In humans, the chromosome that is the largest and spans about 249 million nucleotide base pairs, likely to contain about 1900 to 2100 genes, and metacentric
In humans, the chromosomes occur in pairs and a typical somatic cell would contain 23 pairs of chromosomes in the nucleus. Each of these pairs has a characteristic length and banding pattern. There are two types of chromosomes: autosomes and allosomes. There are also two sets: the first set comes from the mother and the second set, from the father. Using idiograms, each chromosome may be identified one from the other based on the relative size and the banding pattern.
Chromosome 1 is a metacentric autosome. It spans about 249 million nucleotide base pairs and therefore represents about 8% of the total DNA in human cells.1 It is likely to contain about 1900 to 20100 genes. On its short arm (p-arm), some of the genes are AADACL3 (coding for Arylacetamide deacetylase-like 3), BCAS2 (for Breast carcinoma amplified sequence 2), DPH5 (for Diphthine synthase), NGF (for Nerve Growth Factor), and ZZZ3 (for ZZ-type zinc finger-containing protein 3). On its long arm (q-arm), some of the genes are ANGPTL1 (for Angiopoietin-related protein 1), FBXO28 (for F-box protein 28), INTS3 (for Integrator complex subunit 3), TNNT2 (for cardiac troponin T2), and ZNF695 (for Zinc finger protein 695). Due to the multifarious genes located in chromosome 1, this chromosome is associated with several diseases as well. Hearing loss, Alzheimer disease, glaucoma and breast cancer have been associated with certain defective genes located on chromosome 1.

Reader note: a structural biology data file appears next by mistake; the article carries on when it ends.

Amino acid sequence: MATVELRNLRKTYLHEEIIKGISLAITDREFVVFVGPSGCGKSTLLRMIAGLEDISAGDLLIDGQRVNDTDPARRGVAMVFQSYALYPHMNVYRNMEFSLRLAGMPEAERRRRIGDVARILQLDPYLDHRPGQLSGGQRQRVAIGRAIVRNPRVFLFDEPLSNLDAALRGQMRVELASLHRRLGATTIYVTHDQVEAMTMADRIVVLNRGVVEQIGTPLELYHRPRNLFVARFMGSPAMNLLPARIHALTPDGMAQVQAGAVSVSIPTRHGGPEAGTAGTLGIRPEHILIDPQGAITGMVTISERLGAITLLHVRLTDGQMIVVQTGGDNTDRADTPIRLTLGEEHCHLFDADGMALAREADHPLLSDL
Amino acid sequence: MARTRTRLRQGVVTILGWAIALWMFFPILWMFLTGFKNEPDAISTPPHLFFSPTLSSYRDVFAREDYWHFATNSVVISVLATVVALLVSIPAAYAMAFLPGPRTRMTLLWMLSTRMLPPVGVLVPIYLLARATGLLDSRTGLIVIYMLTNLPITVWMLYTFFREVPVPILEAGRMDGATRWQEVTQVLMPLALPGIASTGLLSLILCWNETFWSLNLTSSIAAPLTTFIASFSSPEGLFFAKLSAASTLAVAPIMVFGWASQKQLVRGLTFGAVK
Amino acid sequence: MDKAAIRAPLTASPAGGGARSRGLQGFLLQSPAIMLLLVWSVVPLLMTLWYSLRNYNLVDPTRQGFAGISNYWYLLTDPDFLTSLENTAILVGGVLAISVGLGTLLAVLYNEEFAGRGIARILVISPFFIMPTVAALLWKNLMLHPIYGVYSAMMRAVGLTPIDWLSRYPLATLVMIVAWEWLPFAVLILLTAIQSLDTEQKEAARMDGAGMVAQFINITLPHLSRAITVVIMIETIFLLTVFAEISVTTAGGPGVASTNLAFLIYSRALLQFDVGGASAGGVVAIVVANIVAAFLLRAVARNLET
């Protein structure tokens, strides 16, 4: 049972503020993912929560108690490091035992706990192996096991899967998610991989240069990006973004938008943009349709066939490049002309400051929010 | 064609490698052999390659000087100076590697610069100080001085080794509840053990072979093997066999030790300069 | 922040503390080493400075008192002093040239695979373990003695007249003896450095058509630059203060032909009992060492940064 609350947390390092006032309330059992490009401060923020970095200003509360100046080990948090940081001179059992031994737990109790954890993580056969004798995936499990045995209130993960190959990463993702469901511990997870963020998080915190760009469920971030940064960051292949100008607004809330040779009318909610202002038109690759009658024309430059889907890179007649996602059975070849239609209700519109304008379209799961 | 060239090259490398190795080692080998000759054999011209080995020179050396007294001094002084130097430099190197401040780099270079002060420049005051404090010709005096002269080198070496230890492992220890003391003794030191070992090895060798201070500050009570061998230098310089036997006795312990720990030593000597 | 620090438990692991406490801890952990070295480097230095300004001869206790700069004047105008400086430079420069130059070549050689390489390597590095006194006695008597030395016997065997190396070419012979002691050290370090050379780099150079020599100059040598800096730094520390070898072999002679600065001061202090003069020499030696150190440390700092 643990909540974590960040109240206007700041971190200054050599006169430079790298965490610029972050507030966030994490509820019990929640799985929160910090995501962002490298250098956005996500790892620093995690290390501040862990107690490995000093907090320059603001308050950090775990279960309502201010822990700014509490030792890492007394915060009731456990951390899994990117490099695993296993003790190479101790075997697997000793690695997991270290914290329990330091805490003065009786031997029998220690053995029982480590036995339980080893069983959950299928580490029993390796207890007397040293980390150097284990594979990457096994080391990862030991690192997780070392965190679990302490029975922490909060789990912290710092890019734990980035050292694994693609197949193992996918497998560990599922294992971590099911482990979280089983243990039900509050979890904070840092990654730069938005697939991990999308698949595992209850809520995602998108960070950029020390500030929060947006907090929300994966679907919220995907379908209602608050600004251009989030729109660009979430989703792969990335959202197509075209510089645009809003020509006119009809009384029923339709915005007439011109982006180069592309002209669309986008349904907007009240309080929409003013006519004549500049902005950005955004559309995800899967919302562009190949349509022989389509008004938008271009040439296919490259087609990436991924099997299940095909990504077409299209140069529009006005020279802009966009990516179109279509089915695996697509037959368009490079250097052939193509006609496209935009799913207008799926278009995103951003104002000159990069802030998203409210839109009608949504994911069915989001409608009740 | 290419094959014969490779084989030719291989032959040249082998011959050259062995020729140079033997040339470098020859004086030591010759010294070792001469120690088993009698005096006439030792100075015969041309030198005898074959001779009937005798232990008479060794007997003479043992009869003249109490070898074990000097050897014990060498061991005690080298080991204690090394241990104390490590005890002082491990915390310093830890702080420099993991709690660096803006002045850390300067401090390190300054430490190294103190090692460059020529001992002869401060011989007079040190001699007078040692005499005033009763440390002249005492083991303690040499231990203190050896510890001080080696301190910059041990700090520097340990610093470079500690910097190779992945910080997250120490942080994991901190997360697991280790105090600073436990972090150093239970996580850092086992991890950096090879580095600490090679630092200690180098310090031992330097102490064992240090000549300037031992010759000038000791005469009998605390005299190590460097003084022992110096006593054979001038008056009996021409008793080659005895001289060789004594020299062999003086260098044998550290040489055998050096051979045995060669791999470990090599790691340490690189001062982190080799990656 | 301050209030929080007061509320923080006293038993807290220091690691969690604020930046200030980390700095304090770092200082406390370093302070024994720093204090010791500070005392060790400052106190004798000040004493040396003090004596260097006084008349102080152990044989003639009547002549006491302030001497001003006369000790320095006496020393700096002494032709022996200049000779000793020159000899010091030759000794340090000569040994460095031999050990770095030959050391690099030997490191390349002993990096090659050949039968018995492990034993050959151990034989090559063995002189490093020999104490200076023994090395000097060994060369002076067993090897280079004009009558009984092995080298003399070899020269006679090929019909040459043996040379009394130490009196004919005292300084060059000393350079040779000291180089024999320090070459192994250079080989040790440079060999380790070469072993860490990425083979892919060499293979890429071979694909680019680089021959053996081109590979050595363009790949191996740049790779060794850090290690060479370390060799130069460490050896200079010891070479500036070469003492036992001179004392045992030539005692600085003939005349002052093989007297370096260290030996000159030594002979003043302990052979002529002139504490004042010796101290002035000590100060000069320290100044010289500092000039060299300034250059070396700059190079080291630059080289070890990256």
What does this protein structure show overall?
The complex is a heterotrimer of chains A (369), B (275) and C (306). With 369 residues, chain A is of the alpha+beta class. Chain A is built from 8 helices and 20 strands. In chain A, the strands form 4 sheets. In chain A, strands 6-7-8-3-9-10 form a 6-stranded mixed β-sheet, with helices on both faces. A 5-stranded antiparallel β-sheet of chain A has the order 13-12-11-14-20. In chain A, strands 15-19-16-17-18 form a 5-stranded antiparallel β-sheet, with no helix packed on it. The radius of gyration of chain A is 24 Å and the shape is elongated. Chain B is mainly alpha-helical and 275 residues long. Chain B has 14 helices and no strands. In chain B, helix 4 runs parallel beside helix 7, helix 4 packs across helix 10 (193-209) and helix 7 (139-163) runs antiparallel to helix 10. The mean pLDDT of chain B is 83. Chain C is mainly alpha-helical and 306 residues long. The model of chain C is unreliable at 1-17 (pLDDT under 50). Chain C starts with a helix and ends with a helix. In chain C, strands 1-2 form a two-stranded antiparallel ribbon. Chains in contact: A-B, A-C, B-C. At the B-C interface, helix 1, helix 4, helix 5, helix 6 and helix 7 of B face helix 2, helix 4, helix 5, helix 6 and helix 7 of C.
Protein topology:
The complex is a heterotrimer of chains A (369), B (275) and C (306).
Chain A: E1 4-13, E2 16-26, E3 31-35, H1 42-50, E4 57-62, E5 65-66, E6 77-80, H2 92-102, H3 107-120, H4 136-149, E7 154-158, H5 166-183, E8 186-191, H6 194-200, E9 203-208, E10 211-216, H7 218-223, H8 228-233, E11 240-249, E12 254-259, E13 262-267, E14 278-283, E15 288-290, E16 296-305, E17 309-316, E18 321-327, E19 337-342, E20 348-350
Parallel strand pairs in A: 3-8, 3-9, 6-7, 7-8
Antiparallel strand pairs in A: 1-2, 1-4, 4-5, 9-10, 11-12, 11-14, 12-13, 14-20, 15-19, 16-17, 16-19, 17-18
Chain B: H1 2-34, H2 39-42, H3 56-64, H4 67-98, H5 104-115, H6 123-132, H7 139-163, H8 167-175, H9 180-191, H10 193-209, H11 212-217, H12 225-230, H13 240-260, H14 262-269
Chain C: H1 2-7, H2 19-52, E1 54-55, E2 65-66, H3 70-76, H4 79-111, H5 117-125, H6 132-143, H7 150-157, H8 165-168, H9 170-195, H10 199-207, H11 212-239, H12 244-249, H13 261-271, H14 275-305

1 Gregory, S.G., Barlow, K.F., McLay, K.E., Kaul, R., Swarbreck, D., Dunham, A., et al. (May 2006). “The DNA sequence and biological annotation of human chromosome 1”. Nature. 441 (7091): 315–21.